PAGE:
SpaceX Ex-Staff Filed Unfair Labor Practices Against SpaceX Saying They Were Fired After Criticizing Elon Musk in An Open Letter.

SpaceX Ex-Staff Filed Unfair Labor Practices Against SpaceX Saying They Were Fired After Criticizing Elon Musk in An Open Letter.

Former SpaceX employees claim they were let go for speaking out against founder and CEO Elon Musk and publishing an open letter denouncing his behavior. They have filed unfair labor practice charges against the rocket company.

The eight former employees who worked together to compose the open letter denouncing Musk’s online conduct were among the employees who helped assemble the group. Part of the letter dealt with a joke Musk had made on Twitter regarding a claim that he had settled a sexual harassment claim by paying $250,000 compensation to a flight attendant working for his company. Allegations have been refuted by Musk.

Lieff Cabraser Heimann & Bernstein, the employees’ legal representatives, issued a statement on their behalf. The workers were let go because they were a member of a bigger team that wrote a letter to SpaceX’s leadership team expressing worry about recent claims of sexual harassment by the company’s CEO Elon Musk and his negative actions on Twitter, according to the statement.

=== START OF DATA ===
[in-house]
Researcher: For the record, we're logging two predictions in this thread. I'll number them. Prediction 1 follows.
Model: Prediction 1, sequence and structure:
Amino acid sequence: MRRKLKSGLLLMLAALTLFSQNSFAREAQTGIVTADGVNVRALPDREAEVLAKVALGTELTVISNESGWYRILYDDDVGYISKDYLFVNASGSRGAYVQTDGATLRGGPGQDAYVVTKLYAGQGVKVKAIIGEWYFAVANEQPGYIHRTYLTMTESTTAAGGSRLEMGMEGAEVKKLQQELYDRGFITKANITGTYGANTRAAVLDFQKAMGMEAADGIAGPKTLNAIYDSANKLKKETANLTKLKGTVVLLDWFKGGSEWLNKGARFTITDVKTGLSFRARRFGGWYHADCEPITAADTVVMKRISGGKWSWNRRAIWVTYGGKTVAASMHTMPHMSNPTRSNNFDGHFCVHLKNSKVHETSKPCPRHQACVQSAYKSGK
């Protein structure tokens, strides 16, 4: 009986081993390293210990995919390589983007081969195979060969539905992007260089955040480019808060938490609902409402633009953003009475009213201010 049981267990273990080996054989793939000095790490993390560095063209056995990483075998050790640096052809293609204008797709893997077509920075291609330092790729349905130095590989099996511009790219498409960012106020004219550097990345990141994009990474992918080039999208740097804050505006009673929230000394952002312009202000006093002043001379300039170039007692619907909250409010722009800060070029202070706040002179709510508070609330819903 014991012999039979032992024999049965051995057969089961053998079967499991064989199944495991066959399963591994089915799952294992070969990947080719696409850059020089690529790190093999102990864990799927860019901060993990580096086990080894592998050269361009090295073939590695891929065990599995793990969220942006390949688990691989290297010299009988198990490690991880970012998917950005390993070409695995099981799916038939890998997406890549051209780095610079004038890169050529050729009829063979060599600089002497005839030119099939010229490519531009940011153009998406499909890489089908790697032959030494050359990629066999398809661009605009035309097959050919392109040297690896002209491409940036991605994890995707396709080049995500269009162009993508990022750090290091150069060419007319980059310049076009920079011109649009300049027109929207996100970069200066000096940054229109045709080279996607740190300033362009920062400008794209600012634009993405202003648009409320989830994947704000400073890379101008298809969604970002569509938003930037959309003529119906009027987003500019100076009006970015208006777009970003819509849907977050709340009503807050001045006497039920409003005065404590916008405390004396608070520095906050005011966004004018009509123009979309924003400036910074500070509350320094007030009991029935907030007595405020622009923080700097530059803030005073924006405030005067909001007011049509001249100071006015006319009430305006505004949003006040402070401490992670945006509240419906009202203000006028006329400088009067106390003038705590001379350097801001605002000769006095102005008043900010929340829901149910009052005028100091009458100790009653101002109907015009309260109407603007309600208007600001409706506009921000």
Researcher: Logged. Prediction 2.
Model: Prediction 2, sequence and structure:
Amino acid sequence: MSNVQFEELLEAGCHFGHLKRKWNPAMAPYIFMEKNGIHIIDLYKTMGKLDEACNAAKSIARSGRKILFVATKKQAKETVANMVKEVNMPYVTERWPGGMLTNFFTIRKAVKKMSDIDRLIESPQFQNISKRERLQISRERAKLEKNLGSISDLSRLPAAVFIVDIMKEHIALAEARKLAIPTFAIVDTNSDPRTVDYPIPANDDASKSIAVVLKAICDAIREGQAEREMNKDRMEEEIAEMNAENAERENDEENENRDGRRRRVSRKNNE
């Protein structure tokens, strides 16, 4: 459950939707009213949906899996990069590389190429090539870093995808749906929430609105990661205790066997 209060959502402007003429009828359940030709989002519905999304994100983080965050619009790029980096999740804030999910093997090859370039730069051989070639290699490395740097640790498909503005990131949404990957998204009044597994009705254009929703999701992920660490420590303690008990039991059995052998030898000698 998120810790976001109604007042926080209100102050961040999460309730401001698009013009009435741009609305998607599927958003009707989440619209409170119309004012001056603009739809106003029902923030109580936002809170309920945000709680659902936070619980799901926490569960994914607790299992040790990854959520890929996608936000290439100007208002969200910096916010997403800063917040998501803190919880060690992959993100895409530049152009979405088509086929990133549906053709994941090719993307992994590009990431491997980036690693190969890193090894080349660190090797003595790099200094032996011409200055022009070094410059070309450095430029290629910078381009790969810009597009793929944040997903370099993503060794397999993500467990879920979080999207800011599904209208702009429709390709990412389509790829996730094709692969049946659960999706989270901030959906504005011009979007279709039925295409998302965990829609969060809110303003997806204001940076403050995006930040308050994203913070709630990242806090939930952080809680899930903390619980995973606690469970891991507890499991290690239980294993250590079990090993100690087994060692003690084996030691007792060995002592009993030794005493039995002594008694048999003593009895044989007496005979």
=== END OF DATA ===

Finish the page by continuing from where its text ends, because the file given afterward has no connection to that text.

SpaceX to lay off 10 percent of workforce

Interviews with the eight SpaceX employees who were fired demonstrate how strictly Musk regulates his workplaces. The article claims that the management of his workplaces may go beyond what is allowed by federal law.

Concerns about the management procedures at Musk’s enterprises, where there is no tolerance for labor organization or dissent, have been rekindled by the firing of SpaceX employees for speaking out against the company’s leadership.

The letter, which was first published in June and was obtained by the Verge, said that Elon’s actions in the public eye “are a frequent cause of distraction and embarrassment for us, particularly in recent weeks.”

The New York Times stated that a group of 20 workers who met with a senior SpaceX executive after the letter was sent was allegedly warned by Jon Edwards, vice-president of Falcon Launch vehicles at SpaceX, that they were distracting the business and that the letter was an “extreme act.” They claim in the case that nine employees were sacked for opposing Musk.

In their letter, employees claimed that SpaceX was violating its own “no asshole” policy and asked the company to “publicly confront and reject Elon’s detrimental Twitter behavior.”